Maine shipyard workers are officially on strike

Thousands of union workers at Bath Iron Works are officially on strike. Picket lines formed outside the shipyard early Monday after the strike began at midnight.The contract for Machinists Local S6 expired at 11:59 p.m. Sunday. Union membership voted on the last contract offer from General Dynamics over the weekend. The union, which represents roughly 65% of BIW workers, says the contract was rejected and that 87% of its members voted to authorize the strike.Dozens of people were already picketing and holding signs in multiple spots around the shipyard early Monday morning. That number had grown to well over 100 by 6:30 a.m.Police and shipyard security both arrived on scene early Monday to help maintain order and traffic flow.”We are proud to build the best ships in the world and we want to keep it that way,” said Local S6 President Chris Wiers. “We are fighting for good jobs for the Maine economy. We want jobs at the shipyard to be high quality jobs that members can earn a decent living in over a long career. We are adamantly opposed to BIW’s demands to rollback worker protections and job quality standards, to massively increase subcontracting and to gut the language in our contract that makes these decent, safe jobs. We will stand together until we get the respect and the fair contract that we deserve.””I’ll go without the money for a couple weeks or months or however long it takes,” said Stephen Riddle, who was on the picket lines on Monday. “For the long run, it’s really gonna hurt the people coming in here, the new hires.”General Dynamics, the parent organization of Bath Iron Works, issued a statement on its website acknowledging the decision, adding: “We obviously are disappointed by this result, but are prepared should a strike occur. BIW will be making additional information available to its employees in the near-term so they can plan accordingly.”The union did post a list of rules for workers to follow while picketing including that they only picket in areas assigned by leadership and that they only hold signs provided by the union. They were also told to not block any entrances or exits to the shipyard and to not interfere with anyone entering or leaving. A WMTW crew in Bath reporting on the strike observed that many picketers were not wearing masks or maintaining social distancing. Masks were a big issue for the union when the coronavirus outbreak began with the union calling on the shipyard to provide more.The last strike at BIW was in 2000 and lasted for 55 days.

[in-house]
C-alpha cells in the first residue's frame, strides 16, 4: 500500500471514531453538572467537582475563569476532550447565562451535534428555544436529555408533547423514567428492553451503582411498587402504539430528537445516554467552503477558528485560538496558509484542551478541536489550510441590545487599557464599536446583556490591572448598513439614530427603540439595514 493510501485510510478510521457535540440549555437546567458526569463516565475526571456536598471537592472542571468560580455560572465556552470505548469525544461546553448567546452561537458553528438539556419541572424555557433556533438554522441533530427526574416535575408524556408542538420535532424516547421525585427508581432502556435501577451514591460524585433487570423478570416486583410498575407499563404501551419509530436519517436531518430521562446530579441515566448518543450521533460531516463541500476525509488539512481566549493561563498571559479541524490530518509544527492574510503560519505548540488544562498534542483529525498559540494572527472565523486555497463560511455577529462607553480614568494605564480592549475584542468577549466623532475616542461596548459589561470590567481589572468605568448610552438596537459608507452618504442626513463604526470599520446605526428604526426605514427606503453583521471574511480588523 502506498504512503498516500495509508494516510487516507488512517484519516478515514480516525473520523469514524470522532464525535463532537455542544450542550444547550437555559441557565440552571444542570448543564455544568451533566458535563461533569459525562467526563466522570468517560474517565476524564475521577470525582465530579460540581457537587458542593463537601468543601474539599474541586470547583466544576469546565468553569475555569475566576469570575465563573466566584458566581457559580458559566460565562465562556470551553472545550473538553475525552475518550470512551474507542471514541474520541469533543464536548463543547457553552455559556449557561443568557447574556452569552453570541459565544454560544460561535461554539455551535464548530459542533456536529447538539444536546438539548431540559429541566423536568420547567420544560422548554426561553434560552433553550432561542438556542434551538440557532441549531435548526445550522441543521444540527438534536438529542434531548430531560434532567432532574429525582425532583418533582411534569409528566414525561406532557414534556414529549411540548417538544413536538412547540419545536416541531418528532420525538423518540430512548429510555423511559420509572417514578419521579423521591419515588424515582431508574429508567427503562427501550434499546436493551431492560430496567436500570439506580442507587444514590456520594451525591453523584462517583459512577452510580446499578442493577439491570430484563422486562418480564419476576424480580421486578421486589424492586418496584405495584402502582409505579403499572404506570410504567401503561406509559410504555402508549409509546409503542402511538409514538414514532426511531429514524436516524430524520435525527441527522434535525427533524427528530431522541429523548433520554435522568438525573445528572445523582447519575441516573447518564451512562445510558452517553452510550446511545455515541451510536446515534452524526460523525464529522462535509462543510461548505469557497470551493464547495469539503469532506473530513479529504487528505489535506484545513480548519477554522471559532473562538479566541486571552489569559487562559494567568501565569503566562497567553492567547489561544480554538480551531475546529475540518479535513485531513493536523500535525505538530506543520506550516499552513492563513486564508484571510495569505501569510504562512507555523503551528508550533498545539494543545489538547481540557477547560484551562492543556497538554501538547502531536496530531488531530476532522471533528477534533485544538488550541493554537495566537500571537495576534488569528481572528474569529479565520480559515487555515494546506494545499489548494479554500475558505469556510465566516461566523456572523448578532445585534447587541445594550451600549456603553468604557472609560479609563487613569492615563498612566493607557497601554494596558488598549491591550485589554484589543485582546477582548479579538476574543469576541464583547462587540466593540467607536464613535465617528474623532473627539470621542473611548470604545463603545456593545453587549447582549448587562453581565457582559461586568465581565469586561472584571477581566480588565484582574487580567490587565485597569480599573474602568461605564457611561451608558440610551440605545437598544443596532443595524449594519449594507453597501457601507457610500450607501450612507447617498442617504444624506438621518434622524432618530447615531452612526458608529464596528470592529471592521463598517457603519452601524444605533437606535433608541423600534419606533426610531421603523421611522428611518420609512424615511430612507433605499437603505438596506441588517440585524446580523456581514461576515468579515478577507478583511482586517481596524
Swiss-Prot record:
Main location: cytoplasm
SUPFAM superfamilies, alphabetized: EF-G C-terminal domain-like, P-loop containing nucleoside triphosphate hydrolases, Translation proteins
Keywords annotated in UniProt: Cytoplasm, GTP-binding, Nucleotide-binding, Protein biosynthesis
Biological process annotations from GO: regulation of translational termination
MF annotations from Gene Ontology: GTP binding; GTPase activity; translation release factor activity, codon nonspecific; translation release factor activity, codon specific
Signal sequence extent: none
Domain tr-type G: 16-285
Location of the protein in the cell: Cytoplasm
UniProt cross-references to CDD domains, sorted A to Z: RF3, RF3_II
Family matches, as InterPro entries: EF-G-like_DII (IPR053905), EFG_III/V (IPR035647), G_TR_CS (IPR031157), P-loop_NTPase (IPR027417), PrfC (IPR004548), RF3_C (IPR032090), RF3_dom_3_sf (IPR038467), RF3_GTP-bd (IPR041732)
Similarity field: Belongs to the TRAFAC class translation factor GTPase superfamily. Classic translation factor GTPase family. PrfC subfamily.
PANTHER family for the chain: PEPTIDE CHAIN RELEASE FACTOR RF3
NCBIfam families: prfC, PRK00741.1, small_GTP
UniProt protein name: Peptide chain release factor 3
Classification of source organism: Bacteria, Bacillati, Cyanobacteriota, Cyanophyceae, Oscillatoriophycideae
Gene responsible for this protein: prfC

Thousands of union workers at Bath Iron Works are officially on strike. Picket lines formed outside the shipyard early Monday after the strike began at midnight.

The contract for Machinists Local S6 expired at 11:59 p.m. Sunday. Union membership voted on the last contract offer from General Dynamics over the weekend. The union, which represents roughly 65% of BIW workers, says the contract was rejected and that 87% of its members voted to authorize the strike.

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Dozens of people were already picketing and holding signs in multiple spots around the shipyard early Monday morning. That number had grown to well over 100 by 6:30 a.m.

Police and shipyard security both arrived on scene early Monday to help maintain order and traffic flow.

“We are proud to build the best ships in the world and we want to keep it that way,” said Local S6 President Chris Wiers. “We are fighting for good jobs for the Maine economy. We want jobs at the shipyard to be high quality jobs that members can earn a decent living in over a long career. We are adamantly opposed to BIW’s demands to rollback worker protections and job quality standards, to massively increase subcontracting and to gut the language in our contract that makes these decent, safe jobs. We will stand together until we get the respect and the fair contract that we deserve.”

“I’ll go without the money for a couple weeks or months or however long it takes,” said Stephen Riddle, who was on the picket lines on Monday. “For the long run, it’s really gonna hurt the people coming in here, the new hires.”

General Dynamics, the parent organization of Bath Iron Works, issued a statement on its website acknowledging the decision, adding: “We obviously are disappointed by this result, but are prepared should a strike occur. BIW will be making additional information available to its employees in the near-term so they can plan accordingly.”

The union did post a list of rules for workers to follow while picketing including that they only picket in areas assigned by leadership and that they only hold signs provided by the union. They were also told to not block any entrances or exits to the shipyard and to not interfere with anyone entering or leaving.

A WMTW crew in Bath reporting on the strike observed that many picketers were not wearing masks or maintaining social distancing. Masks were a big issue for the union when the coronavirus outbreak began with the union calling on the shipyard to provide more.

The last strike at BIW was in 2000 and lasted for 55 days.